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Where should I get my bird from?

At some time, everyone who keeps birds will acquire a new bird – a new pet, a new breeder, a new bloodline. Usually all works out well; both parties (buyer and seller) are happy, and the bird does well in their new home. But this is not always the case.

You may be able to purchase a new bird from a pet shop, a breeder, or a friend or relative. You may even be able to adopt a pet bird from shelters (such as the RSPCA) or from rescue groups. It is also very important to ensure that the birds have not been captured from the wild. Taking birds from the wild is illegal and captive wild birds tend to be more distressed due to constrained and unfamiliar surroundings in an aviary or home. There are pitfalls in selecting where you can get a bird, and this article discusses some of the issues and planning that you need to consider before you buy a bird. Hopefully, if even some of the following suggestions are followed, a lot of heartbreak and financial loss can be avoided.

Who should you buy your birds from?

There are a lot of sources for both pet and aviary birds. While tempting to do so, you need to be careful not to make broad assumptions about sellers. High-quality birds can be sold by ethical pet shops, and poor-quality birds sold by so-called reputable breeders. You can’t just say “Pet shops are bad; breeders are good!” So, what should you look for to find a good seller?

  1. Honesty. An honest breeder will not try to deceive you by substituting birds or telling you that bird is ‘just moulting’ or ‘just has a cold’. They will sell you a high-quality bird in good health – after all their reputation (and therefore future sales) hangs on the quality of the birds they sell. They won’t try and take advantage of a novice; rather, they will make time to educate such a novice.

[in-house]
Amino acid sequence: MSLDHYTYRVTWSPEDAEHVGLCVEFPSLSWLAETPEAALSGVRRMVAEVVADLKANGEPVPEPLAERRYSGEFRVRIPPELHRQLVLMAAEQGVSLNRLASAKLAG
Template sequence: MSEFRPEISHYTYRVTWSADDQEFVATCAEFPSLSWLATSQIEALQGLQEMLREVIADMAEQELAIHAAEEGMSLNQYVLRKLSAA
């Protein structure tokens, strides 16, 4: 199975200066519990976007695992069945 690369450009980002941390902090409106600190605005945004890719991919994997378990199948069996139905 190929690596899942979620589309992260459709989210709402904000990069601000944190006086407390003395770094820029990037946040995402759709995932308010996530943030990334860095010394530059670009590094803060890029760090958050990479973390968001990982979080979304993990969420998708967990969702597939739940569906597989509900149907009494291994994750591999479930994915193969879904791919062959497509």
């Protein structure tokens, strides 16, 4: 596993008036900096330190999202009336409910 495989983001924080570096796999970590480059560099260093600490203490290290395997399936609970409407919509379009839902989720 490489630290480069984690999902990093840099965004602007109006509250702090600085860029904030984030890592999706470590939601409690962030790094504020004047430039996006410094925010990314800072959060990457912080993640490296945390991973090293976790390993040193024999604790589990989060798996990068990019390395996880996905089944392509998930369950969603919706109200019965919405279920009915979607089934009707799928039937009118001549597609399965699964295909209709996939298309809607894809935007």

2. Integrity. A seller with integrity will not sell an unweaned bird to a novice with the assurance that the bird “will make a better pet if you finish off the hand rearing”. A seller with integrity will sell a bird with a health certificate from an avian vet. They will offer a guarantee on the health and suitability of the bird (i.e. they offer a replacement bird or a refund if pre-existing problems exist). They will provide you with information on the bird’s species-specific and individual needs and history, parentage, husbandry, and diet.
  3. Knowledge of birds. If you have done your research carefully, you will already know a lot about the species you are interested in. Quiz the seller to ascertain their level of knowledge – don’t just accept an assertion that ‘they know everything about this species’. This quizzing should include elements such as the species’ suitability as pets or breeders, diet, cage size, husbandry practices, etc. Of course, if you haven’t done your research, you can have the wool pulled over your eyes by an unscrupulous seller. Remember, do your homework!
  4. Passion for birds. A good seller is passionate about birds. They love the birds they have; they look after them well; they care about who they are selling the birds to, and where the birds will be going. This passion is reflected in the care given to the birds, and their subsequent health.

If you feel the seller is lacking any, or all, of these attributes, you may need to walk away from the sale. This can be difficult at times but, in the long run, you will not regret it.

Moral of the story: Don’t buy birds from people you don’t really trust.

What do the sale premises look like?